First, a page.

Many people today resent the suggestion that they’re in charge of the way the feel. But trust me, Parker. Those people are mistaken. That was a big lesson from Dirty Jobs, and I learned it several hundred times before it stuck. What you do, who you’re with, and how you feel about the world around you, is completely up to you.
Good luck –
P.S. I’m serious about welding and North Dakota. Those guys are writing their own ticket.
P.P.S. Think I should forward this to Claire?
A dream job isn’t going to bring you happiness, so you shouldn’t “stand in your own way.” Rowe’s sound advice is legendary, and I think it speaks to the fact that welding in North Dakota – or any awesome job – is not what’s truly going to shape the way you feel about the world.
Posted on March 26th, 2014 No comments
“These guys have a high level of athleticism but probably haven’t peaked yet as lacrosse players. Once they get to college, they will specialize and will develop and blossom. They usually have a steep growth curve, whereas some of the kids who have been single-sport athletes tend to burn out quicker. Oftentimes, they don’t have as much left in the tank.”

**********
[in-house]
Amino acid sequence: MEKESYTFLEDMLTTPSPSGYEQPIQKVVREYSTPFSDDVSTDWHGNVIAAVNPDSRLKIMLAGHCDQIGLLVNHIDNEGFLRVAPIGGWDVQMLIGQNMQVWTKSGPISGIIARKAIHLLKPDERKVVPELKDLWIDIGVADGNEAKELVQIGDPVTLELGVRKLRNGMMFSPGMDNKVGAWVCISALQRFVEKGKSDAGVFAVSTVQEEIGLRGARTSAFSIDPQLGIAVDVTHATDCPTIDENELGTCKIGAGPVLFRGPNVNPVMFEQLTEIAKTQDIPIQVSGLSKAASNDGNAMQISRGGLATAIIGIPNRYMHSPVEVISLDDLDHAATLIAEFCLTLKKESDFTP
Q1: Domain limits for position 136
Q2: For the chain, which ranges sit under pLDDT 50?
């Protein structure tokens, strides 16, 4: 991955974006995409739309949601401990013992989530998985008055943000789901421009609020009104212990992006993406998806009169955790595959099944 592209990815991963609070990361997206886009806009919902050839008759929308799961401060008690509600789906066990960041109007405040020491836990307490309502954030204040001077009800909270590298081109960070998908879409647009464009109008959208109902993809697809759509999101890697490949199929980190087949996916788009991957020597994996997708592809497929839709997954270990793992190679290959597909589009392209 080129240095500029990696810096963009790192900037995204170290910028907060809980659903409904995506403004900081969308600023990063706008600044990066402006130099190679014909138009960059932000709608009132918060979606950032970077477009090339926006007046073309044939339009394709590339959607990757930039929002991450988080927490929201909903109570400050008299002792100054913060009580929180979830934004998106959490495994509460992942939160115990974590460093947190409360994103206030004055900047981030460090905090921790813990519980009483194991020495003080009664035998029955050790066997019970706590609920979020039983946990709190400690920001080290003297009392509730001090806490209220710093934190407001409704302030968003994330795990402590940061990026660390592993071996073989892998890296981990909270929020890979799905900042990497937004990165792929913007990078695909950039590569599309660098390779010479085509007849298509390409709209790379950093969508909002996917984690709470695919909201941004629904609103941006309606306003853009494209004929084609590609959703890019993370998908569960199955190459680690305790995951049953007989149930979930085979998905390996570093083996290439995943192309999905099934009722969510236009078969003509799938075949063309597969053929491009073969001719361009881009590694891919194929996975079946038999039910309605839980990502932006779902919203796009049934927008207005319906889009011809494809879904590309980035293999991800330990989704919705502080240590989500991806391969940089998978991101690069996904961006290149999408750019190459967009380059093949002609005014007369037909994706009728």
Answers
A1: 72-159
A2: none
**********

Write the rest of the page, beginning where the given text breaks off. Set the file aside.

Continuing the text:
“I really believe multi-sport participation increases the athletic I.Q. of players. Players can work individually on developing skills, but being a member of different teams provides opportunities to develop game instincts that produce more athletic players. There are parallels between certain sports, and we’ll look at a player’s athleticism in another sport and project his potential as a lacrosse player.”
Posted on April 10th, 2013 No comments